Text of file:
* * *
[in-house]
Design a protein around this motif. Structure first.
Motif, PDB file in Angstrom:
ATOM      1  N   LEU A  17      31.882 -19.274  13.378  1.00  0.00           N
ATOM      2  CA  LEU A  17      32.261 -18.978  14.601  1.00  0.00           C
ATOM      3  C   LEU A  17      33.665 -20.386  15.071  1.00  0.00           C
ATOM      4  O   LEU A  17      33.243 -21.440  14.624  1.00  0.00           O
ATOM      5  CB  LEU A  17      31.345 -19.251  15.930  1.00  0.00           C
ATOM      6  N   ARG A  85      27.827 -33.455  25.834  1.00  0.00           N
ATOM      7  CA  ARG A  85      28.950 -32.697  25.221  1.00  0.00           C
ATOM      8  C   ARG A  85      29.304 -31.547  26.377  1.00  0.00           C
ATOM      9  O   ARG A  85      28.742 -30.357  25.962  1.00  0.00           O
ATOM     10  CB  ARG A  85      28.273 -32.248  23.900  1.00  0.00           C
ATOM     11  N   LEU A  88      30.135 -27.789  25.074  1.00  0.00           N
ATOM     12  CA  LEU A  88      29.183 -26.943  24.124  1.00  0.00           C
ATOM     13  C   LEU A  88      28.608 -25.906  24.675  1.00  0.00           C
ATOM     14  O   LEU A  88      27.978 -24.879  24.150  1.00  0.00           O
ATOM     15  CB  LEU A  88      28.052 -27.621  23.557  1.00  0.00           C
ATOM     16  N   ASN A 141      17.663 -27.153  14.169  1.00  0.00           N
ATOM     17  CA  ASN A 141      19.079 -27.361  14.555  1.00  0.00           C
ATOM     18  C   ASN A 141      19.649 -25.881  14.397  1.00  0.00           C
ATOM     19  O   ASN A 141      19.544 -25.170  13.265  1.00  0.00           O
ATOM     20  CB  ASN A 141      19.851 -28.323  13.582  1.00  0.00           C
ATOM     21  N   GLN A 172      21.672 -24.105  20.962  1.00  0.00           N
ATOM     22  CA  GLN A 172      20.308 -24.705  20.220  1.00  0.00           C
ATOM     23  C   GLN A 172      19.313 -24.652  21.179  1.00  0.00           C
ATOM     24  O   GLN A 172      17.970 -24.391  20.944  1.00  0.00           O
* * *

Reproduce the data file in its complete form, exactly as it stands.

[in-house]
Design a protein around this motif. Structure first.
Motif, PDB file in Angstrom:
ATOM      1  N   LEU A  17      31.882 -19.274  13.378  1.00  0.00           N
ATOM      2  CA  LEU A  17      32.261 -18.978  14.601  1.00  0.00           C
ATOM      3  C   LEU A  17      33.665 -20.386  15.071  1.00  0.00           C
ATOM      4  O   LEU A  17      33.243 -21.440  14.624  1.00  0.00           O
ATOM      5  CB  LEU A  17      31.345 -19.251  15.930  1.00  0.00           C
ATOM      6  N   ARG A  85      27.827 -33.455  25.834  1.00  0.00           N
ATOM      7  CA  ARG A  85      28.950 -32.697  25.221  1.00  0.00           C
ATOM      8  C   ARG A  85      29.304 -31.547  26.377  1.00  0.00           C
ATOM      9  O   ARG A  85      28.742 -30.357  25.962  1.00  0.00           O
ATOM     10  CB  ARG A  85      28.273 -32.248  23.900  1.00  0.00           C
ATOM     11  N   LEU A  88      30.135 -27.789  25.074  1.00  0.00           N
ATOM     12  CA  LEU A  88      29.183 -26.943  24.124  1.00  0.00           C
ATOM     13  C   LEU A  88      28.608 -25.906  24.675  1.00  0.00           C
ATOM     14  O   LEU A  88      27.978 -24.879  24.150  1.00  0.00           O
ATOM     15  CB  LEU A  88      28.052 -27.621  23.557  1.00  0.00           C
ATOM     16  N   ASN A 141      17.663 -27.153  14.169  1.00  0.00           N
ATOM     17  CA  ASN A 141      19.079 -27.361  14.555  1.00  0.00           C
ATOM     18  C   ASN A 141      19.649 -25.881  14.397  1.00  0.00           C
ATOM     19  O   ASN A 141      19.544 -25.170  13.265  1.00  0.00           O
ATOM     20  CB  ASN A 141      19.851 -28.323  13.582  1.00  0.00           C
ATOM     21  N   GLN A 172      21.672 -24.105  20.962  1.00  0.00           N
ATOM     22  CA  GLN A 172      20.308 -24.705  20.220  1.00  0.00           C
ATOM     23  C   GLN A 172      19.313 -24.652  21.179  1.00  0.00           C
ATOM     24  O   GLN A 172      17.970 -24.391  20.944  1.00  0.00           O